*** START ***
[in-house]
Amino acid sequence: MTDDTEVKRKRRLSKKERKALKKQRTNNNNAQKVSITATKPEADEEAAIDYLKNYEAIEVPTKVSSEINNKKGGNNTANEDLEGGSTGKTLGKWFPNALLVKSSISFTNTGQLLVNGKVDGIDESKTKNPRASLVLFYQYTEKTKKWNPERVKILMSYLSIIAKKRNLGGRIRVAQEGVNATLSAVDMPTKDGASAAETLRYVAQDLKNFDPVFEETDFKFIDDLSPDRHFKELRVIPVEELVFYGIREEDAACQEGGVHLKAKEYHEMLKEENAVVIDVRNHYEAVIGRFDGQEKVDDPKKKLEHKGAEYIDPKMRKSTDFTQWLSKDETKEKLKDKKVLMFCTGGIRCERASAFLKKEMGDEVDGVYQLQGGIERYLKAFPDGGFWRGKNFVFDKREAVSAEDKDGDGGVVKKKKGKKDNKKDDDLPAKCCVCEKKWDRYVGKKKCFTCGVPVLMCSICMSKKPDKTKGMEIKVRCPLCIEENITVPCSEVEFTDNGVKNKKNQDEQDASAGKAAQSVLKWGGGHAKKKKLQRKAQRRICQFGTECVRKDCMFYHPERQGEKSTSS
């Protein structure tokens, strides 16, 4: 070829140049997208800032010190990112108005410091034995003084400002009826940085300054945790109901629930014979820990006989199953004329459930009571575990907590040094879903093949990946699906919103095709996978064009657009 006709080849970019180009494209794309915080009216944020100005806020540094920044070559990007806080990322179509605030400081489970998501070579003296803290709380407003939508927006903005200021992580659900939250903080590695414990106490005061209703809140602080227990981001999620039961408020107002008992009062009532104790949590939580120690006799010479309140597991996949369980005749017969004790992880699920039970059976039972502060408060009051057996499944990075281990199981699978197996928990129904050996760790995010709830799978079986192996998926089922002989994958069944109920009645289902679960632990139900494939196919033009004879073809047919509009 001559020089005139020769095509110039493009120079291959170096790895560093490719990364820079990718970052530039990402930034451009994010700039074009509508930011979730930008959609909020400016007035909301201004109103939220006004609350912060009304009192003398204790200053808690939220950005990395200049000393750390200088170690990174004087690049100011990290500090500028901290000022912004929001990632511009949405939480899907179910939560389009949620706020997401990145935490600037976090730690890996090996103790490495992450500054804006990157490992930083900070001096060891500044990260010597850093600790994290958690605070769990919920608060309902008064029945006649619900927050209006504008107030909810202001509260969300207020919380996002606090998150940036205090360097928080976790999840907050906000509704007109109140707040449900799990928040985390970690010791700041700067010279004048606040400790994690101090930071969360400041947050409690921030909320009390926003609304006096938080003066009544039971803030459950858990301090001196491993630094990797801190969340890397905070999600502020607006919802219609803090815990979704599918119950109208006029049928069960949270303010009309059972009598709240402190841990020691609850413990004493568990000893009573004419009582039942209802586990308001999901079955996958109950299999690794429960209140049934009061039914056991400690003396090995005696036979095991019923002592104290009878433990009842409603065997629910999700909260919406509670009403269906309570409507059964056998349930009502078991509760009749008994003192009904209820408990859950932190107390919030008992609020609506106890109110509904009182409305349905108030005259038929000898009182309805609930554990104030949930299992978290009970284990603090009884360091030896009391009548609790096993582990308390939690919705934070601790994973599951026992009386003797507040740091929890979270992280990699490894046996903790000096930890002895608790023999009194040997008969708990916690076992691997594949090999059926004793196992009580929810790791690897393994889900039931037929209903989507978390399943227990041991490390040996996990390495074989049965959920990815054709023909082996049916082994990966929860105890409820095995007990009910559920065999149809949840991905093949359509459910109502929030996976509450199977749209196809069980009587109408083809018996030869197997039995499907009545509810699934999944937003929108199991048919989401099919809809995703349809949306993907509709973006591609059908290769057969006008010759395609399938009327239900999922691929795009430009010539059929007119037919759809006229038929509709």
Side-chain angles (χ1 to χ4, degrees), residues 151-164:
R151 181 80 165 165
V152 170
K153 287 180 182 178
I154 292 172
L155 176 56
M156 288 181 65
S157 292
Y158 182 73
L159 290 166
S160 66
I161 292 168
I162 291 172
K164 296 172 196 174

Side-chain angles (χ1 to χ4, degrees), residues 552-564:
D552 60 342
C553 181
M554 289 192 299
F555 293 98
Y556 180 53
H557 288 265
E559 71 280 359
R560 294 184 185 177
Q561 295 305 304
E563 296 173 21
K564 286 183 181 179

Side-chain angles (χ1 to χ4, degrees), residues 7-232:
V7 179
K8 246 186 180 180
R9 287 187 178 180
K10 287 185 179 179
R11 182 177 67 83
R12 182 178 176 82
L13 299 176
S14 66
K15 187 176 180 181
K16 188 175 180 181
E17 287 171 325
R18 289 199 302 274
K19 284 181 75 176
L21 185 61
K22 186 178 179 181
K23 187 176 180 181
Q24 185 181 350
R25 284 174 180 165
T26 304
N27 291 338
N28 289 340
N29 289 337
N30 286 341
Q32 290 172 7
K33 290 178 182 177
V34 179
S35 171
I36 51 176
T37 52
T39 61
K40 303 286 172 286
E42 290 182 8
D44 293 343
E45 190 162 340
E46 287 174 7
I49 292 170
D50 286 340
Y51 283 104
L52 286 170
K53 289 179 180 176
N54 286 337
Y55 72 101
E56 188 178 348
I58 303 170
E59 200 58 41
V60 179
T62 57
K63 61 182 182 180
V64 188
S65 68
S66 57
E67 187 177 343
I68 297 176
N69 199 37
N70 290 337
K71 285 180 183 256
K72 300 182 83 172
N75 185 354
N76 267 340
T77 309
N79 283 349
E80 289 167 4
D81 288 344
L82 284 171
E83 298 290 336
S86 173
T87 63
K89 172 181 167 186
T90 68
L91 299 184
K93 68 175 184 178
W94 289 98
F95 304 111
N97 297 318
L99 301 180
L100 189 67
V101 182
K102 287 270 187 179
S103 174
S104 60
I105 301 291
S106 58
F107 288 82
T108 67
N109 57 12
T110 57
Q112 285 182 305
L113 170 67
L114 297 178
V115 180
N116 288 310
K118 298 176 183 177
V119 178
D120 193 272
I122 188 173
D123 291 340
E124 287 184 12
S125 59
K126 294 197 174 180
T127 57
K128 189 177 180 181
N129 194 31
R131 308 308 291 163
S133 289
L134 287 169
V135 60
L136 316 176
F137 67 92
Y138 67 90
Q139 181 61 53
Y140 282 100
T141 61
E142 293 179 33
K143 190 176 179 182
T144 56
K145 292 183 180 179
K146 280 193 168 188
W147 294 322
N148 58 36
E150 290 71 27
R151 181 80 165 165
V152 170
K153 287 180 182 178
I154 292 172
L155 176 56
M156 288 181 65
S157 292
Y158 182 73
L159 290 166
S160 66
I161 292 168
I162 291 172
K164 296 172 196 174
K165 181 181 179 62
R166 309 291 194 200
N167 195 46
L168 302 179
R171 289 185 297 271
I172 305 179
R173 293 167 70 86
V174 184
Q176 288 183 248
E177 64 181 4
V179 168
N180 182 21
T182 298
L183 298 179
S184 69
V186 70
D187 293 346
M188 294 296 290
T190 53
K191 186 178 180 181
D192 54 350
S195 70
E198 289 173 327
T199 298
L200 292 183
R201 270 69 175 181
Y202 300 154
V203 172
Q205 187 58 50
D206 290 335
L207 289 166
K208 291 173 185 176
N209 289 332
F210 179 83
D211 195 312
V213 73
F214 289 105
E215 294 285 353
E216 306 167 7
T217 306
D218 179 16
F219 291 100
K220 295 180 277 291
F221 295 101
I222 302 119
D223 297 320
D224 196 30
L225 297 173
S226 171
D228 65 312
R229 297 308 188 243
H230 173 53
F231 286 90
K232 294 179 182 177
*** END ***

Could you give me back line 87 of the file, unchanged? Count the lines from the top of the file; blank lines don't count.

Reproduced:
K72 300 182 83 172